At long last, my Latvian hare trio is complete! I started this project when I discovered those mysterious recipes for hare cheese. If you run an internet search for hare cheese in English, Russian, or Latvian, you probably won’t find much; for one thing, you won’t see a single picture. This in itself required further investigation.
Because I don’t spend my time dining on wild Scottish hare from D’artagnan, and because my own attempt at hare hunting could easily replace “wild goose chase” in proverbial parlance, it took me a couple of years to reach a point where I was satisfied with my result. Early on, it became clear to me that a whole hare yielded way too much hare cheese, and so I looked for other dishes of Latvian inspiration that could use hare. In particular, I determined that cooking the leg meat in fat ensures that it doesn’t get dry, and hare loin really shouldn’t be cooked more than medium-rare.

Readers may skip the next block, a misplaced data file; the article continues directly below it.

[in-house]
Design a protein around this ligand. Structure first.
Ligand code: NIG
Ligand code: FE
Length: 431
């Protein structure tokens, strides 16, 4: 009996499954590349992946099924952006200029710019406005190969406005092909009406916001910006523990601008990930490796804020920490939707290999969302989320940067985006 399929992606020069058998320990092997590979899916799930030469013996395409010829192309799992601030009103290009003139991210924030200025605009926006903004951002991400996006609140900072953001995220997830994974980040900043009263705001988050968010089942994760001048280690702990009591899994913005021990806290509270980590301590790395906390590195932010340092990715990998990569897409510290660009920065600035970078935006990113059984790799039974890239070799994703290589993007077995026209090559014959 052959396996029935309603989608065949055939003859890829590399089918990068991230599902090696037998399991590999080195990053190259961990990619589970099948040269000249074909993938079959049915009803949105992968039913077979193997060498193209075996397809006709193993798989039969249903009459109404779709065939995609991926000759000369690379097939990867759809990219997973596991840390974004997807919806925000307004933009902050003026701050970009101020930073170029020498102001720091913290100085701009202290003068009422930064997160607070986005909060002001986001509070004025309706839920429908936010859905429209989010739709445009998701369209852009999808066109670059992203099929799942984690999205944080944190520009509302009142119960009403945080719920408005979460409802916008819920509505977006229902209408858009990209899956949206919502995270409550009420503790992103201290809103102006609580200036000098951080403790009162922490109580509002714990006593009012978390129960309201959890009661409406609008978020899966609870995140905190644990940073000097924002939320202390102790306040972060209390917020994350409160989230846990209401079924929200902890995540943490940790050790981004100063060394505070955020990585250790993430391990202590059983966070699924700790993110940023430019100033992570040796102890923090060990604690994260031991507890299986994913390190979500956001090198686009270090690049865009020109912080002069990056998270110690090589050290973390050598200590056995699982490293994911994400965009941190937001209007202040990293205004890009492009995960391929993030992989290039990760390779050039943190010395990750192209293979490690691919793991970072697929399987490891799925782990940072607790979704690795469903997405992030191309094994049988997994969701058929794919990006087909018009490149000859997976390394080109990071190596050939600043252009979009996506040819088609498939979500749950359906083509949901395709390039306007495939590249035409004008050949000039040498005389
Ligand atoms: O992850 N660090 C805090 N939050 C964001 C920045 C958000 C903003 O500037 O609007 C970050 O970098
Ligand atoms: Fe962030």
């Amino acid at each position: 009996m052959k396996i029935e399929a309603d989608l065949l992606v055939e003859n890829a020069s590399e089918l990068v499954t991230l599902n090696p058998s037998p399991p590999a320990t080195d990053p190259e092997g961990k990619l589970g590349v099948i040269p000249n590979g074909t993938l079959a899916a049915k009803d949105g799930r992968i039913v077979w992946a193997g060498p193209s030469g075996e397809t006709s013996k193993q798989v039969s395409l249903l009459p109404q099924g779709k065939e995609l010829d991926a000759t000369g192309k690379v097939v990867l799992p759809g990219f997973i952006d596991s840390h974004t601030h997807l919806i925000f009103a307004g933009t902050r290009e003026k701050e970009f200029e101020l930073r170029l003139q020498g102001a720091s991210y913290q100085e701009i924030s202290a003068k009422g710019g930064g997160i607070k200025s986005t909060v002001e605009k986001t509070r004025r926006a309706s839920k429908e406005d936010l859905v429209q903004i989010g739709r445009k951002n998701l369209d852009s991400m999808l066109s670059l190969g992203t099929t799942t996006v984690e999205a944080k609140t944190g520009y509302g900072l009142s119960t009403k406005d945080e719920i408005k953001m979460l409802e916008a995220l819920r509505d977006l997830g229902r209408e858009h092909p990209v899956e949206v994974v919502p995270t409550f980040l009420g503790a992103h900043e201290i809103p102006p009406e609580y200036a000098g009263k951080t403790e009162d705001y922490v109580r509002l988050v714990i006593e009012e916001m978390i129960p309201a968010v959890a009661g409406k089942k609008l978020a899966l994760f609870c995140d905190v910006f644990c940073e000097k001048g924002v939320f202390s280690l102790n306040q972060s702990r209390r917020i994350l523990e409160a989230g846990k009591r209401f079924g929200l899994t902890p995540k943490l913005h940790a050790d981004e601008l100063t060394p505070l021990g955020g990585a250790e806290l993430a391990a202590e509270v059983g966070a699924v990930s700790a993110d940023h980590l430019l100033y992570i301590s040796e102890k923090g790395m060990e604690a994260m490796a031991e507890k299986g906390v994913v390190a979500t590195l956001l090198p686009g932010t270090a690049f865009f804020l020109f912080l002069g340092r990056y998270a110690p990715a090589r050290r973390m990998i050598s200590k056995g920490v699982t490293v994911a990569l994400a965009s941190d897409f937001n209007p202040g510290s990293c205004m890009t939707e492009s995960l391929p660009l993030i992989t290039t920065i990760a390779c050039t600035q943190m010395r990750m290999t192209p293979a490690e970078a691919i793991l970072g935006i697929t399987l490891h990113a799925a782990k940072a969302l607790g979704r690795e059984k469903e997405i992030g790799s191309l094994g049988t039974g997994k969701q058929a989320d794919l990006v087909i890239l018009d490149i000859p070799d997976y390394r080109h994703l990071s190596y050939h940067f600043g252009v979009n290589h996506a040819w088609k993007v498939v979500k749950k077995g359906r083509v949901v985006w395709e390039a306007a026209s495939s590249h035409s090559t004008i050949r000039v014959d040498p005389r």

Each dish taken individually may feel simple — Latvian cuisine, after all, is quite rustic. The combined result of the three dishes, however, showcases a wide variety of Latvian flavors, and makes a great three-course meal. To paraphrase some of my previous rants, now I could almost claim that this is a Latvian food blog 🙂 Seriously, look at the top results in your favorite search engine: they may be very interesting web sites, but they don’t have all that much to do with Latvian food, unless you have a very lenient conception of geography and ethnicity.
Hare Cheese, Onion Jam, Cornichons
Sautéed Hare Loin, Blackcurrant Balsam, Barley
Hare Leg Confit, Potato Pancakes, Sauerkraut
There’s no hare ice cream — this isn’t Iron Chef.